“and lead us not into temptation…”
The Lord has warned us in advance that our lives will be marked by many difficulties. Indeed, to follow Christ requires all our energy, because it is impossible to take up our crosses without carrying them into many deaths (Matt 16:24). Yet there are certain trials that Christians must avoid, trials too great for our Christian courage and valor. These are the trials which threaten us with apostasy. The same Greek word for “temptation” occurs two other times in Matthew, each of these instances refer to no ordinary trial. Rather, these trials are potentially soul threatening. The Lord has called us to avoid this type of trial. Though we must be prepared to march daily into trials of suffering, we are never so fortified that we can expose ourselves to the temptations of apostasy.
The same Greek word for “temptation” occurs in Matthew 18:7, where Jesus imprecates the world “for temptations to sin.” Though these temptations characterize this present age, Christ’s disciples are commanded to cut off hands and pluck out eyes to avoid these temptations. It is better to enter into life maimed, says Christ, than to be “thrown into hell fire” (Matt 18:7-9). How important is it, therefore, to always cleave to Christ, knowing that he alone can save us from destruction. If we fall away from Christ, we can expect no mercy on the day of God’s wrath. For the Lord of Heaven and Earth does not watch passively while apostates descend into hell; it is rather the case that apostates are “thrown into hell fire”(Matt 18:9). The most reasonable interpretation of the phrase “thrown into hell fire” is that it references God’s judgment. Apostasy is one of the gravest of sins, because it is a sin from which there can be no return. It is impossible for God to have mercy on apostates (Hebrews 6:4-6), because Christ would need to shed his blood a second time, something that the Father will not ask of his Son.
The Lord knew that apostasy would threaten us continually, in ways often too subtle for us to notice, and for this reason the Lord commanded us to always pray that God would spare us from these trials. Therefore, we are always to request from God, along with asking for our daily bread, that he would “lead us not into temptation.” The same Greek word for “temptation” occurs in Matthew 26:41, when the hour of trial descended upon Christ in the garden of Gethsemane. Because the disciples were about to enter into a temptation which would test their loyalty to Christ, the Lord warned them to “watch and pray that you may not enter into temptation.” It seems, therefore, that the dark night in Gethsemane serves in some measure as a warning for us all. Like the disciples, who were commanded to pray lest they fall into temptation, all Christians must realize that our souls face dangers of great power, dangers which threaten to tear us from Christ. For this reason, we are to pray that God would be for us a perpetual battle shield, protecting us from all of Satan’s arrows.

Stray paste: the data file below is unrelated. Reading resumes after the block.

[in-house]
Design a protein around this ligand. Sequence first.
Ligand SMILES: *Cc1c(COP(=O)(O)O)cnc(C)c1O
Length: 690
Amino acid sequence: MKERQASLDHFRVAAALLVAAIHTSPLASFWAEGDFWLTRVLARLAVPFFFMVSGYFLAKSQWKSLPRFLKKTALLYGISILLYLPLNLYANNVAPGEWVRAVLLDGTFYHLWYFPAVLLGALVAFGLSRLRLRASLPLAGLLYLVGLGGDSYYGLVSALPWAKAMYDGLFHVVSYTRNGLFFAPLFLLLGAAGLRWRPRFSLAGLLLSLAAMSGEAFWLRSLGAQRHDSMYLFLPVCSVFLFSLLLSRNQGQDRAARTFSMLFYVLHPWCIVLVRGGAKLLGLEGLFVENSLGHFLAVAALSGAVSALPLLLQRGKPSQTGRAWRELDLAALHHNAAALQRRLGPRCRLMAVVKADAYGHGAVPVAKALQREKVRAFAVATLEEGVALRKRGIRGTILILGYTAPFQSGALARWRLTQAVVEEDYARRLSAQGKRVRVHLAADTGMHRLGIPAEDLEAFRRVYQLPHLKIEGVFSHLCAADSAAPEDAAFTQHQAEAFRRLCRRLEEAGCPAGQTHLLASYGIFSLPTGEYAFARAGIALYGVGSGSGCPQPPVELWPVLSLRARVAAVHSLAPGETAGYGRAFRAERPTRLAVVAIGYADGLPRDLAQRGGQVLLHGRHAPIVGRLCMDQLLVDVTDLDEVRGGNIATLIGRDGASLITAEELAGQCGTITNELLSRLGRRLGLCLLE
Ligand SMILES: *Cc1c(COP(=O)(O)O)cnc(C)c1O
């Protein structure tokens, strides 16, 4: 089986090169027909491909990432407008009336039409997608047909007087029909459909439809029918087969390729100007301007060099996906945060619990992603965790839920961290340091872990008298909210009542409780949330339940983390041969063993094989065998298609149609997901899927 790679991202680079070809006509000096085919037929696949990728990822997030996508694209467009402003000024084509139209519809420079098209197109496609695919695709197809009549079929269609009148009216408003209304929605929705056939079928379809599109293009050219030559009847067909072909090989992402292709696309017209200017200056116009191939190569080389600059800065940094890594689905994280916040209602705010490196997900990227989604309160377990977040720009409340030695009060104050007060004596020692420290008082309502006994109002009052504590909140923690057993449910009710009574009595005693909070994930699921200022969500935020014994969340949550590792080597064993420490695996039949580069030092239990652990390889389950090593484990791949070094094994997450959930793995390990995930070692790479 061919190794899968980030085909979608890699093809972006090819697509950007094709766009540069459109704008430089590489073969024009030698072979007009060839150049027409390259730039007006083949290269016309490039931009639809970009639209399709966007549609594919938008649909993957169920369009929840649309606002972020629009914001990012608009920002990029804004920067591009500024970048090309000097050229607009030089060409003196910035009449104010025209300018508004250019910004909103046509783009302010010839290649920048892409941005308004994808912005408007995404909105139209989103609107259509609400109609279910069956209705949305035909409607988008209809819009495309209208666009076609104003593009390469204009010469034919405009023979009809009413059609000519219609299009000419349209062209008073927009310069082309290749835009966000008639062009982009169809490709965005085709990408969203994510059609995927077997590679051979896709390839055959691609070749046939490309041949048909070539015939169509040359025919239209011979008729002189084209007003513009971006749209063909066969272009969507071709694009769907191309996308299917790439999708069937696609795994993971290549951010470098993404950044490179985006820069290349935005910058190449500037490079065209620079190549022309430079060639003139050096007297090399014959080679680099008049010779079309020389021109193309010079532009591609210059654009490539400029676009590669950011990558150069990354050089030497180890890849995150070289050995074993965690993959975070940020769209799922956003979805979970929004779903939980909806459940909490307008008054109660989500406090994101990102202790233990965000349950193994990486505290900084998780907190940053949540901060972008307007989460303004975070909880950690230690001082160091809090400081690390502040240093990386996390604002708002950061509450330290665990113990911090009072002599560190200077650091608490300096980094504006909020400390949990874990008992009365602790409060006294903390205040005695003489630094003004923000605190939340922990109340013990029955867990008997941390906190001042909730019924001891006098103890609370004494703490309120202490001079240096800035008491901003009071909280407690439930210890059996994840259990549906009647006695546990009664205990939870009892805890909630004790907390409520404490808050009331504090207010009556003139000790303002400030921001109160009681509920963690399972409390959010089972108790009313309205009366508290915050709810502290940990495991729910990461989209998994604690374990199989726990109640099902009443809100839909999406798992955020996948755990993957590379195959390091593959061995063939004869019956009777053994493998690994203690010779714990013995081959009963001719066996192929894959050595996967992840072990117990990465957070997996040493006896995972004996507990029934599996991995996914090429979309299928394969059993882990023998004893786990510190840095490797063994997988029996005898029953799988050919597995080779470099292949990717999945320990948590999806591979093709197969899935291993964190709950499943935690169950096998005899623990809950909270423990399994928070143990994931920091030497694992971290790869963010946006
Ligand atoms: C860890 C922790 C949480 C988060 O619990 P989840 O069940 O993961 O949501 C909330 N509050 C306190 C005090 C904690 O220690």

Yet we are not to be ultimately despondent if we have become overcome by temptation. The Lord did not merely come to warn us of the consequences of our misdeeds, but he came to offer his body and blood “for the forgiveness of sins”(Matt 26:28). We would have no need to feast upon his life unless we had become spoiled by death. Indeed, as often as we participate in Christ’s Eucharistic flesh and blood, we remember also that we are sinners in need of his absolution. Let us therefore never think that we are too sick to be cured, because from his side flows an eternal medicine so potent that all our sins are dissolved in his healing waters. The Spirit and the Bride say come. We shall never learn to live our lives apart from Christ. Nay! As long as we have life in us, we are resolved to live with Christ. Let us fling any thoughts of apostasy into the cup of God’s forgiveness, and let us ingest Christ as our only true bread – our staff of life and medicine of immortality.
Although we know that apostasy is unforgivable, we also know that many doubts and failures do not equal apostasy. Rather, the apostasy described in scripture – that state of yielding to temptation from which there can be no return – seems to be characterized by perpetual impenitence. For this reason, we can be confident that the Spirit’s chastening will not scatter us into hell fire, but it will rather lead us by hand into the healing embrace of our Great Physician. Let us remember that Jesus “came not to call the righteous, but sinners”(Matt 9:13). Whether one has committed sins of the passions, sins of the intellect, sins of the tongue, or whatever else, the Lord still descends upon the miry bogs into which his people have sunk, and he lifts them up with the power of his righteous life, death, and resurrection. Let us fly, therefore, into the arms of Christ, in order that we might be forgiven of our sins, and that we might be safe from ensuing temptations.